Senior man with hearing loss getting ready to go out with his best friend, a Standard Poodle service dog.

Living with hearing loss can be quite an adjustment for you and your loved ones. In some cases, it can even be dangerous.

What happens if a fire alarm is going off or someone is shouting out your name but you’re unable to hear them? Car noises can warn you about dangers ahead, but if you have neglected hearing loss, you won’t hear them.

Don’t worry about the “what ifs”. If you are dealing with neglected hearing loss, getting a hearing test is the first thing you should do. For individuals with hearing aids, we have some recommendations to help you and your loved ones stay safe, even when you aren’t likely to be wearing your hearing aids.

1. Bring a friend with you when you go out

If possible, take someone with you who is not dealing with hearing loss. If you have to go out alone, request that people come closer and look at you when they talk.

2. Avoid distractions when you’re driving

It’s essential to stay focused while driving because you can’t rely on your hearing as much for cues. Pull over if you need to plot a route and avoid your GPS and phone. Before you drive, if you are concerned that you may have a problem with your hearing, call us for an evaluation.

Don’t feel ashamed if you have to turn off the radio or request that passengers stop talking during more critical moments of your drive. It’s better to err on the side of caution!

3. Think about getting a service dog

For individuals who have loss of vision, epilepsy, or other problems, a service dog seems obvious. But they can also be very helpful to individuals who have auditory issues. You can be alerted to danger by a service dog. When somebody is at your door they can inform you.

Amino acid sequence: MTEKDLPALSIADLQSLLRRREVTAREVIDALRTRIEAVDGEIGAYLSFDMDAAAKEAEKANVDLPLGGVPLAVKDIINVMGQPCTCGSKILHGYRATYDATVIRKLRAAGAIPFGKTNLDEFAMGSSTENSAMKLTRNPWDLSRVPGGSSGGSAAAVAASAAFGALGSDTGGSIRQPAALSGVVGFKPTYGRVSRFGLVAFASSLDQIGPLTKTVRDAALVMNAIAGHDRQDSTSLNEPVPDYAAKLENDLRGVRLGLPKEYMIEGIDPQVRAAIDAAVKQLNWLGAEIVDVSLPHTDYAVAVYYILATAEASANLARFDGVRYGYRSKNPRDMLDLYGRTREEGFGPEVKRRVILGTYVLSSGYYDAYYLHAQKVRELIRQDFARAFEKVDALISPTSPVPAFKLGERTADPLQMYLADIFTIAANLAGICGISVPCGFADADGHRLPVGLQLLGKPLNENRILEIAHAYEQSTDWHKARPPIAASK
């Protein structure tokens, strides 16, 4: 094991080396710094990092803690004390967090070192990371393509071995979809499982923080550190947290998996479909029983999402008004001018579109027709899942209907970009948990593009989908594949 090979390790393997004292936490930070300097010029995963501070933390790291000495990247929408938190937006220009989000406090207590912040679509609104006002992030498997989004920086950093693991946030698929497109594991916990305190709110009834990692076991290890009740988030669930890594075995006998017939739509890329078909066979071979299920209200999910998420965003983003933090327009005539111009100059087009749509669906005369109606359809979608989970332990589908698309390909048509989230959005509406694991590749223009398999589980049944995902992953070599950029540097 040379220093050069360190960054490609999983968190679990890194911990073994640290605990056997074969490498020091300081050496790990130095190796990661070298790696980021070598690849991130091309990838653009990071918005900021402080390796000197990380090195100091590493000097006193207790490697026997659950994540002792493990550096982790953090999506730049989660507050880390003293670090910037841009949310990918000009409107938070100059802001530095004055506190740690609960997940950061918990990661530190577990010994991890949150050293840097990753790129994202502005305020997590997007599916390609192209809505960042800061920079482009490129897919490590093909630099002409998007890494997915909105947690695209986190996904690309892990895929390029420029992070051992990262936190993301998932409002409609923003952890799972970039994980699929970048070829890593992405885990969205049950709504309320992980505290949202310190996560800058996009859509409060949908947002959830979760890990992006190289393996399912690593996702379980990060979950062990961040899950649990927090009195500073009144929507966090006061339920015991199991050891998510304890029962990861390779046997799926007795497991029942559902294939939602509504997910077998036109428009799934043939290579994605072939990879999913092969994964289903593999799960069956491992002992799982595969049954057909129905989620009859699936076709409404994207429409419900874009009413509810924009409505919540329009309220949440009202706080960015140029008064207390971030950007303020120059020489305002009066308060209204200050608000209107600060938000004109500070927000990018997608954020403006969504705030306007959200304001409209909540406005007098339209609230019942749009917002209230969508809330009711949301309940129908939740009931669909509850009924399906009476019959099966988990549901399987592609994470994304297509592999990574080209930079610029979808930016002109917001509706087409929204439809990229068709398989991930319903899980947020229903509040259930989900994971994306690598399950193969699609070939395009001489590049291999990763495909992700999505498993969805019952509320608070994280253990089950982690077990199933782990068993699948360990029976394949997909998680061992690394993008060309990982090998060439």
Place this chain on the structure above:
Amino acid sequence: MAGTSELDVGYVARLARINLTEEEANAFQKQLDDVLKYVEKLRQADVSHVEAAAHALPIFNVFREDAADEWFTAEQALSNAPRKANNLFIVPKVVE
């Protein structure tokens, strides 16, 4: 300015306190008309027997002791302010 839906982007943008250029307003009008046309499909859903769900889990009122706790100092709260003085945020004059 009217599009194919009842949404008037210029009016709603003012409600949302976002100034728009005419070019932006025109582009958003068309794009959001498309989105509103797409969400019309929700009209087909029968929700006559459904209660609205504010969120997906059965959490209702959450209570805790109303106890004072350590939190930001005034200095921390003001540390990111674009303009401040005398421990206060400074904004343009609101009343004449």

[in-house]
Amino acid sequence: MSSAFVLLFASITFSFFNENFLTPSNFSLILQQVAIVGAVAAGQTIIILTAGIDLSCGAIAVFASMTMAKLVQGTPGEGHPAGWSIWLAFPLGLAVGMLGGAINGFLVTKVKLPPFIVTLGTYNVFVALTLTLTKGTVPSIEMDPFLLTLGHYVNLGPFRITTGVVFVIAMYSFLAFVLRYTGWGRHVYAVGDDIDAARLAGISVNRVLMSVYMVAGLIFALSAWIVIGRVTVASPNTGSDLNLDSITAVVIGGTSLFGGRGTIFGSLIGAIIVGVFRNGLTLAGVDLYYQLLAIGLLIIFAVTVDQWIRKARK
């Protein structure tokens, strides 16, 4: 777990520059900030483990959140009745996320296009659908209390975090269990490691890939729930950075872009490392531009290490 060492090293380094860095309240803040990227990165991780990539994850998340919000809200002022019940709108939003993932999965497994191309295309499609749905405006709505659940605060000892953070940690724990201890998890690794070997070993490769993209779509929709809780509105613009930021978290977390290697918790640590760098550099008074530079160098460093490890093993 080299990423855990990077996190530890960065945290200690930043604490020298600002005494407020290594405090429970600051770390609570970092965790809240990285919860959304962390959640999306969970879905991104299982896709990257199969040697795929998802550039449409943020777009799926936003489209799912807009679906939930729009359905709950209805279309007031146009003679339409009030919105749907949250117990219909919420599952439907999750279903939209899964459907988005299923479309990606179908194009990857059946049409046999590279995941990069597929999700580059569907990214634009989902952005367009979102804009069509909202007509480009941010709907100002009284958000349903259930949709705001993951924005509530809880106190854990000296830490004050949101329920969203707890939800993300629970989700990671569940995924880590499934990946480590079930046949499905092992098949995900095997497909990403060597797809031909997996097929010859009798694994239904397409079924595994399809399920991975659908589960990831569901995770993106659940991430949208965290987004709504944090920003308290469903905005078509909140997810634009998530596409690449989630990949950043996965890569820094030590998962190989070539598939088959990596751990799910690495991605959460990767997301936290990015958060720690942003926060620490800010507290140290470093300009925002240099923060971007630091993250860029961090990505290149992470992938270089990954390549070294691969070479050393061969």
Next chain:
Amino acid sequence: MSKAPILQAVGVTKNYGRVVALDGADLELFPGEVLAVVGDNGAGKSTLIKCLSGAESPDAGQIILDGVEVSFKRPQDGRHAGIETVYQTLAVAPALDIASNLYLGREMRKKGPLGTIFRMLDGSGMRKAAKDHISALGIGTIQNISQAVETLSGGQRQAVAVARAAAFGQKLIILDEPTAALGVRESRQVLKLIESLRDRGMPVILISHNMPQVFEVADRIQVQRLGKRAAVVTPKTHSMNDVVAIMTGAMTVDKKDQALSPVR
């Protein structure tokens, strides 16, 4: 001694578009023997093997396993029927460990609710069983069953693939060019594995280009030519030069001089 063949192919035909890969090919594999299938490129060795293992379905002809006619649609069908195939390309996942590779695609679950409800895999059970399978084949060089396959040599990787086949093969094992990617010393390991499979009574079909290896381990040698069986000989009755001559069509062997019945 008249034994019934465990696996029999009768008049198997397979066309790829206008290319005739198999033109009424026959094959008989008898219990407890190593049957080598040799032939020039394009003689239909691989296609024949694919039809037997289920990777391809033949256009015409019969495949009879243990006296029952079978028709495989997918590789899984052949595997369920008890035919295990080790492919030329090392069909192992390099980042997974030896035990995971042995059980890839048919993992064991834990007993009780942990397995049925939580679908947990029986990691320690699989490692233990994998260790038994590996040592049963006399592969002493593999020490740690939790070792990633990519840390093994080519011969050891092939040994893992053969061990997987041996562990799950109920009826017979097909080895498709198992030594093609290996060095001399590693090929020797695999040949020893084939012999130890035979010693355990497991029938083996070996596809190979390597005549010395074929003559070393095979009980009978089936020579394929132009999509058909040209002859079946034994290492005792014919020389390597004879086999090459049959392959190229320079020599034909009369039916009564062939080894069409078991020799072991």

They can assist you with your hearing problems and they are also wonderful companions.

4. Make a plan

Identify what you’ll do before an emergency hits. Talk it over it with other people. If you’re planning to go into the basement during a tornado, make sure your family knows where they’ll find you. Plan a specific location outside your house in the case of a fire.

This way, if something were to happen and you became trapped, family and emergency personnel can act rapidly to assist you.

5. Pay extra attention to visual clues when driving

Your hearing loss has most likely gotten worse over time. If your hearing aids aren’t regularly fine-tuned, you may find yourself depending more on your eyes. You might not hear sirens so be aware of flashing lights. Be extra vigilant when pedestrians are around.

6. Share your limitations with friends and family

It may be hard to admit, but it’s essential that people in your life know about your hearing issues. They can alert you to something you might not hear so that you can go to safety. If they don’t know that you can’t hear, they will think that you hear it too.

7. Be diligent about the maintenance of your vehicle

Your car may begin making strange noises that your hearing loss stops you from detecting. These noises may point to a mechanical issue with your vehicle. If ignored, they can do long-term damage to your vehicle or put you in danger. When you take your vehicle in for routine maintenance, ask your mechanic to give your car an overall once-over.

8. Have your hearing loss treated

This is the most important thing you can do to remain safe. In order to know if you require a hearing aid, get your hearing tested annually. Don’t hesitate because of time constraints, money, or pride. Hearing aids nowadays are very functional, affordable, and unobtrusive. A hearing aid can help you stay safer in all facets of your life.

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The site information is for educational and informational purposes only and does not constitute medical advice. To receive personalized advice or treatment, schedule an appointment.